|Full name||Roy Cazaly|
|Date of birth||13 January 1893|
|Place of birth||Albert Park, Victoria, Australia|
|Date of death||10 October 1963(aged 70)|
|Place of death||Lenah Valley, Tasmania, Australia|
|Original team(s)||Middle Park|
|Height||180 cm (5 ft 11 in)|
|Weight||80 kg (176 lb)|
|1911–20||St Kilda||99 (38)|
|1921–24, 1926–27||South Melbourne||99 (129)|
|Representative team honours|
|1922, 1937–38||South Melbourne||52 (12–38–2)|
|1928–30||City (NTFA)||54 (25-27-2)|
|1932–33||North Hobart||37 (25-12)|
|1934–36, 1948–51||New Town||130 (72-56-2)|
1 Playing statistics correct to the end of 1927.
3 Coaching statistics correct as of 1943.
|Sources: AFL Tables, AustralianFootball.com|
Roy Cazaly (13 January 1893 – 10 October 1963) was an Australian rules footballer who played for South Melbourne and St Kilda in the Victorian Football League (VFL). He also represented Victoria and Tasmania in interstate football, and after his retirement as a player, turned to coaching. Known for his ruck work and high-flying marks, he inspired the common catchphrase "Up there, Cazaly!", which in 1979 became a popular song of the same name, securing his place in Australian folklore.
Cazaly was born in Albert Park, a suburb of Melbourne, on 13 January 1893. He was the tenth child of English-born James Cazaly and his wife Elizabeth Jemima (née McNee). James Cazaly was a renowned sculler and rower in Melbourne. Just before 6 July 1878 he was eliminated in a semi-final for the sculling championship of Victoria by the eventual victor, Charles A. Messenger. Elizabeth was a midwife and herbalist from Scotland.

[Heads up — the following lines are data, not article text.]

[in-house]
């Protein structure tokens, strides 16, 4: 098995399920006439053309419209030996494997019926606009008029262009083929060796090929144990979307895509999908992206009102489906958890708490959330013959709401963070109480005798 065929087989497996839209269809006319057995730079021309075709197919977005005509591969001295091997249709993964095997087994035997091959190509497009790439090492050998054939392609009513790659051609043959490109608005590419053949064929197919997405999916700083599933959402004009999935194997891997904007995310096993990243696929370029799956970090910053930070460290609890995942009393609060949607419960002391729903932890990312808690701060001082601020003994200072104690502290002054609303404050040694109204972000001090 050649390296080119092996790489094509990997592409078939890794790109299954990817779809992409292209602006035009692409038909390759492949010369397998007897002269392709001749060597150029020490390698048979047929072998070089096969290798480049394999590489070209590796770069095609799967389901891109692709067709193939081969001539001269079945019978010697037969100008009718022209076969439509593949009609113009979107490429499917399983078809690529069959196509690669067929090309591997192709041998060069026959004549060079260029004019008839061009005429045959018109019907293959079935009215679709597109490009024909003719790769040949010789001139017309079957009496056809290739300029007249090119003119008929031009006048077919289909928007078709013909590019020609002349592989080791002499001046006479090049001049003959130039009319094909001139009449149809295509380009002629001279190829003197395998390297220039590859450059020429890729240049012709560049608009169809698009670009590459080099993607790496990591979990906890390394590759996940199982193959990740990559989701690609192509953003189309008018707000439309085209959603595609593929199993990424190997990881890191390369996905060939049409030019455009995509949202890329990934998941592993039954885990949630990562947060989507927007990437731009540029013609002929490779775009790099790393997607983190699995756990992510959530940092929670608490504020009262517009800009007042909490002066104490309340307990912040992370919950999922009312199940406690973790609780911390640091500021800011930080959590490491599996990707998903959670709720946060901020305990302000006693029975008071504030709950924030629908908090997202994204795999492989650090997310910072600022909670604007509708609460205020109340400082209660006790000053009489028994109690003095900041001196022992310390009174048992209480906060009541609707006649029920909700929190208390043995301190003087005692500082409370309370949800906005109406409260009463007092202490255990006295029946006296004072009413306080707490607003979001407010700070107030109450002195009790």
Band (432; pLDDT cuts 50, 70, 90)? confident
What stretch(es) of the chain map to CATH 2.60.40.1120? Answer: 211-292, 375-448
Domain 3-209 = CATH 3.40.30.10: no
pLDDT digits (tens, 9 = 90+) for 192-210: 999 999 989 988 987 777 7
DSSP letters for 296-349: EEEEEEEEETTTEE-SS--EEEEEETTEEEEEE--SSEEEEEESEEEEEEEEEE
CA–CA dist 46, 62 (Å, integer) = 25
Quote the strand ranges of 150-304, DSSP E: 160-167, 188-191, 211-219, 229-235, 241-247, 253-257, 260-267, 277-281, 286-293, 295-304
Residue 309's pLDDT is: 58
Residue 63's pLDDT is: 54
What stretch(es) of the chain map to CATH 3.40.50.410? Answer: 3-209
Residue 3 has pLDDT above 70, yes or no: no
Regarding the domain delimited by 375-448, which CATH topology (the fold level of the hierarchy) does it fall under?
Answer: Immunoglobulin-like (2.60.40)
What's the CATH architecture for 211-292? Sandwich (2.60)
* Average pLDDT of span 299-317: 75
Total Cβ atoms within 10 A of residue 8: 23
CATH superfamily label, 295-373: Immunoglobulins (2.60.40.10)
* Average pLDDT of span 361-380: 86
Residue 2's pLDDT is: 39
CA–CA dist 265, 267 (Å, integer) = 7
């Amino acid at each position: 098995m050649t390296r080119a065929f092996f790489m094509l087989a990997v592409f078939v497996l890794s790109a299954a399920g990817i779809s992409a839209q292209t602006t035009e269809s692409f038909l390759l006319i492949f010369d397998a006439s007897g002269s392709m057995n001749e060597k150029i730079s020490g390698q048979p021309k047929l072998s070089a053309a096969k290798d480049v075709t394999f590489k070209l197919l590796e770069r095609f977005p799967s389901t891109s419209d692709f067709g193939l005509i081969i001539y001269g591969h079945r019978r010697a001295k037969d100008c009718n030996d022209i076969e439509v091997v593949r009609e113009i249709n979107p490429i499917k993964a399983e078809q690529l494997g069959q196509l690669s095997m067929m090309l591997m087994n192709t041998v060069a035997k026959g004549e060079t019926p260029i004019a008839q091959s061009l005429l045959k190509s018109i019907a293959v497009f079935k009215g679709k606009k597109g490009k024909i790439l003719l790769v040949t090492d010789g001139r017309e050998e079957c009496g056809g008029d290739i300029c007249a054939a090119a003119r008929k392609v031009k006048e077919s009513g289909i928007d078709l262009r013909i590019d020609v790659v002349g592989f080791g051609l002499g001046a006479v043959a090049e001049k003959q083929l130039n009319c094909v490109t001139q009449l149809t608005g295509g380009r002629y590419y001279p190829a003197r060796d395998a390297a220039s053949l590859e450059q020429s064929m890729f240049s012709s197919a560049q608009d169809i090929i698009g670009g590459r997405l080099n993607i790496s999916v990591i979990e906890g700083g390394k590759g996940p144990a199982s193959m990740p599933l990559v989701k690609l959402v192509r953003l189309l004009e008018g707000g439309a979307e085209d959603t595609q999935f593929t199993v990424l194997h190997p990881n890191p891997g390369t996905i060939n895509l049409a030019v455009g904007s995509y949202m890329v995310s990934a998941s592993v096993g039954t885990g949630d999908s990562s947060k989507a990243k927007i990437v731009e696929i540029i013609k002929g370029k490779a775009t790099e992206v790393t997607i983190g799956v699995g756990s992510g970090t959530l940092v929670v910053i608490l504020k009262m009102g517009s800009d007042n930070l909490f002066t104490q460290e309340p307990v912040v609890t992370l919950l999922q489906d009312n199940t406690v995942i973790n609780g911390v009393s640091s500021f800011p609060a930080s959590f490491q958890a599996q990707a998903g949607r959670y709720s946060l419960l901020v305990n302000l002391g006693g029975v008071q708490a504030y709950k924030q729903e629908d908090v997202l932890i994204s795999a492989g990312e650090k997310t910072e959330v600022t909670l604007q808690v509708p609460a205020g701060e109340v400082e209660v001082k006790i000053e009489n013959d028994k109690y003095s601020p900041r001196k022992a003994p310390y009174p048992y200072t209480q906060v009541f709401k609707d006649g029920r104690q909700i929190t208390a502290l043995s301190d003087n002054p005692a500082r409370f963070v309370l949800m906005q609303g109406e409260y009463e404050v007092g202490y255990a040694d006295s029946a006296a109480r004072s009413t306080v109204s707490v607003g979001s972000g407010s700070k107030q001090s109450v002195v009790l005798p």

Cazaly learnt his football at the local state school, quickly becoming its first-choice ruckman. He tried out for VFL side Carlton Football Club in 1910, but quit the club when he injured a shoulder in a reserves match and could not get the Carlton medical staff to treat it.
Cazaly crossed to fellow VFL side St Kilda and made his senior debut in 1911 during a players' strike, when many of St Kilda's regular senior players refused to play as a result of a dispute with the club's committee over dressing rooms.
One of nine new players in the team, Cazaly played his only First XVIII match for St Kilda against Carlton, at Princes park, on 29 July 1911.
The other new players were: Alby Bowtell, Claude Crowl, Peter Donnelly, Alf Hammond, Otto Opelt, Rowley Smith, Tom Soutar, and Bill Ward – and, including that match, and ignoring Harrie Hattam (16 games), Bert Pierce (41 games), and Bill Woodcock (65 games), the very inexperienced team's remaining fifteen players had only played a total of 46 matches.
He played 99 matches with St Kilda.
During the depression of the early 1930s, he worked on the Melbourne waterfront and played with waterside workers in a midweek football competition.
Cazaly was famous for his ability to take spectacular marks despite his small stature, and, at South Melbourne, teammates Fred "Skeeter" Fleiter and Mark "Napper" Tandy would simultaneously yell "Up there, Cazzer", originating the phrase that would become synonymous with Australian rules football. He initially developed his marking ability by jumping at a ball strung up in a shed at his home, and held his breath as he jumped, an action that he believed lifted him higher. He also possessed the capacity to kick a football over 65 metres. In 2009, The Australian nominated Cazaly as one of the 25 greatest footballers never to win a Brownlow Medal.